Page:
Why Are There No Houses for Sale in DC?

We've been dipping our toes into the DC housing market recently, but after this weekend, I think I'm just about ready to give up.  Anything that comes on the market at a decent price is snapped up almost immediately--by my count, mean time from listing to contract is under seven days.  The only things that stay on the market long enough to look at fall into one of two categories:

1.  The owner bought the house between 2004 and 2007, and wants to get their money back out, hopefully with a little profit . . . and has therefore priced their home at least $100,000 above what the market will bear.

2.  The house has been rented, and the tenants, familiar with their copious rights under DC housing law, are essentially refusing to allow the house to be shown.

We've seen multiple halves of houses, where the house had been divided, and one of the units was still occupied by a recalcitrant tenant.  In one case, we were invited to make an offer on the place contingent upon seeing the upstairs, at which point listing agent expected the owner would finally leap into action and . . . do what?  This is a city that requires you to have a forecast of at least four days of good weather above 65 degrees in order to evict a tenant.  And I've heard of one case in which they showed up to do the eviction, the tenant politely declined to be evicted, and the bailiffs went away again.

This should be a golden time for buyers with decent credit, stable incomes, and modest requirement for neighborhood safety.  But there's almost no inventory, and what there is, can't be sold.

I spent the weekend in long conversations about why this might be with our real estate agent, and a friend who develops property in DC.  There's a big "shadow inventory" of houses in late-stage delinquency or foreclosure, particularly in the areas where we want to buy.  Why can't we find anything?

In part, because that shadow inventory isn't coming on the market.  There are two components to this, one DC-specific, one not.  The specific part is the aforementioned tenant laws, which make New York's arcane housing court system look like a bastion of pro-landlord sentiment.  The only way to break a lease is to be a single-family owner who wants to take occupancy.  The bank has to let the tenant's lease run before they are evicted, as well as give them ninety days notice of the intent to vacate the property.  Given the difficulties of selling a house that cannot be shown, a lot of banks are choosing to do just that.  Others are putting it on the market and then finding that, surprise! they somehow never can schedule a showing.  Yet the banks are understandably unwilling to drag the tenants into court, which is very time consuming, and a huge burden on already overwhelmed administration.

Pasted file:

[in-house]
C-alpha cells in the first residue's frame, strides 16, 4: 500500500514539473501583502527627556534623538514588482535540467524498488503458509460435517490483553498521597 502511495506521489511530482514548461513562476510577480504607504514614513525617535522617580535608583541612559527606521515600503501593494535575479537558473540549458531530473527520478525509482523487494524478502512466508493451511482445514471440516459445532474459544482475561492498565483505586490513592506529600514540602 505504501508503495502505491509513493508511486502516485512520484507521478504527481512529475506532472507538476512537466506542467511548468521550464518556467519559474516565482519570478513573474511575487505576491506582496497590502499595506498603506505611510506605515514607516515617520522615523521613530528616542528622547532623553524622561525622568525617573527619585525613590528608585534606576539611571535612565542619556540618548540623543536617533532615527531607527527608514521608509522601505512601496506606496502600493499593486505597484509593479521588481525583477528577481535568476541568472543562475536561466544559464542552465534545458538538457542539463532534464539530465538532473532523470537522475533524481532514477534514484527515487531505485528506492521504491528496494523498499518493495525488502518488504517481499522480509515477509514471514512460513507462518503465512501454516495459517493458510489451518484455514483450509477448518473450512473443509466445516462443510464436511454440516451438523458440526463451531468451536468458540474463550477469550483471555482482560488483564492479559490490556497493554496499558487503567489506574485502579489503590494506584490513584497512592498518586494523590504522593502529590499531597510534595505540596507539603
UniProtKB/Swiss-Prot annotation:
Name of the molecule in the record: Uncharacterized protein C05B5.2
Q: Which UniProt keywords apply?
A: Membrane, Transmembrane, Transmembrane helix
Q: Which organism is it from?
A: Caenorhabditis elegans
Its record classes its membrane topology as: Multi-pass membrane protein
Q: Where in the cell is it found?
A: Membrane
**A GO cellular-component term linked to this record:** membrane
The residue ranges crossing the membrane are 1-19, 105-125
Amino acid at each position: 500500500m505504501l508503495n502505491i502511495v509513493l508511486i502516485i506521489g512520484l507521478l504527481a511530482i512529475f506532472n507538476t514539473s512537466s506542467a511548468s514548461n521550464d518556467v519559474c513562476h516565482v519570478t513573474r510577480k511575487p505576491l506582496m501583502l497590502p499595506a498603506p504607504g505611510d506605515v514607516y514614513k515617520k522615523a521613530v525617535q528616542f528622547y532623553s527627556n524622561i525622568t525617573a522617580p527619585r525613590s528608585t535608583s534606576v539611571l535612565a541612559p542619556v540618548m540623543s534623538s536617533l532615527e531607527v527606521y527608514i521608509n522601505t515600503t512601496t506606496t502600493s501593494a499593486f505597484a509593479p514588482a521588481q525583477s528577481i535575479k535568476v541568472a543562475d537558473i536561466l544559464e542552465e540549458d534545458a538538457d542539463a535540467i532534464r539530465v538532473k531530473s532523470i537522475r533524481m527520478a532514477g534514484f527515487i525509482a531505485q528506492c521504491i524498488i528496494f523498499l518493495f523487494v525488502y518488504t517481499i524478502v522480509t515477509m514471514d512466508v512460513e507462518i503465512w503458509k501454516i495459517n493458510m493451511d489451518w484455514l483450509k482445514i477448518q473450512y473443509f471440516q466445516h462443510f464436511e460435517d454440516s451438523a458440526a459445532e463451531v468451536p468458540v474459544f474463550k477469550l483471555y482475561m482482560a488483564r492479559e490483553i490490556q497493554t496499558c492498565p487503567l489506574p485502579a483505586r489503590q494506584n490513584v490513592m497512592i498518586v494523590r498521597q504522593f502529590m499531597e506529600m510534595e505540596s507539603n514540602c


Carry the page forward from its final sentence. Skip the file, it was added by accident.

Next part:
The broader nationwide problem is that banks have a huge backlog of these bad loans, which means first, that they simply don't have the adminstrative capacity to put them all on the market at once, and second, that at least in the case of the larger lenders, they are trying to dribble them out over time and avoid crushing the market.

Meanwhile, the fall in house prices since 2007, even in DC, where the collapse has been relatively mild, means that no one wants to sell unless they have to.  Everyone's hoping to wait until the market turns around--and given how optimistic people seem to be about the housing market, that's hardly surprising.  So there's very little inventory other than distress sales, or people who have to move for one reason or another.

Meanwhile, DC is one of the relatively fortunate areas in this recession.  Our unemployment rate is high, but it hasn't shot up the way it has in other areas, pushing previously solid homeowners to the brink of foreclosure.  Meanwhile, the expansion of government is attracting ever more young professionals to the area.  The combination means a lot of money looking to buy very few houses.

It's not totally unreasonable to think that prices will go up in DC, eventually; huge swathes of Northwest and incresingly, Northeast are gentrifying at a pace faster than anything I've ever seen--and before I moved here, I was a lifelong New Yorker.  But even here, that shadow inventory means it's not going to happen for a few years.

Nationwide, we're probably looking at a long period over which house prices don't fall, but they don't really rise much, either, and the market sorts itself out by letting inflation eat away the nominal value of peoples' outstanding mortgages.  And over here on Florida Avenue NW, we're probably looking at a few more years crammed into an oddly-laid-out one-bedroom-plus den flip house.

(Nav Image Credit: La Citta Vita/flickr)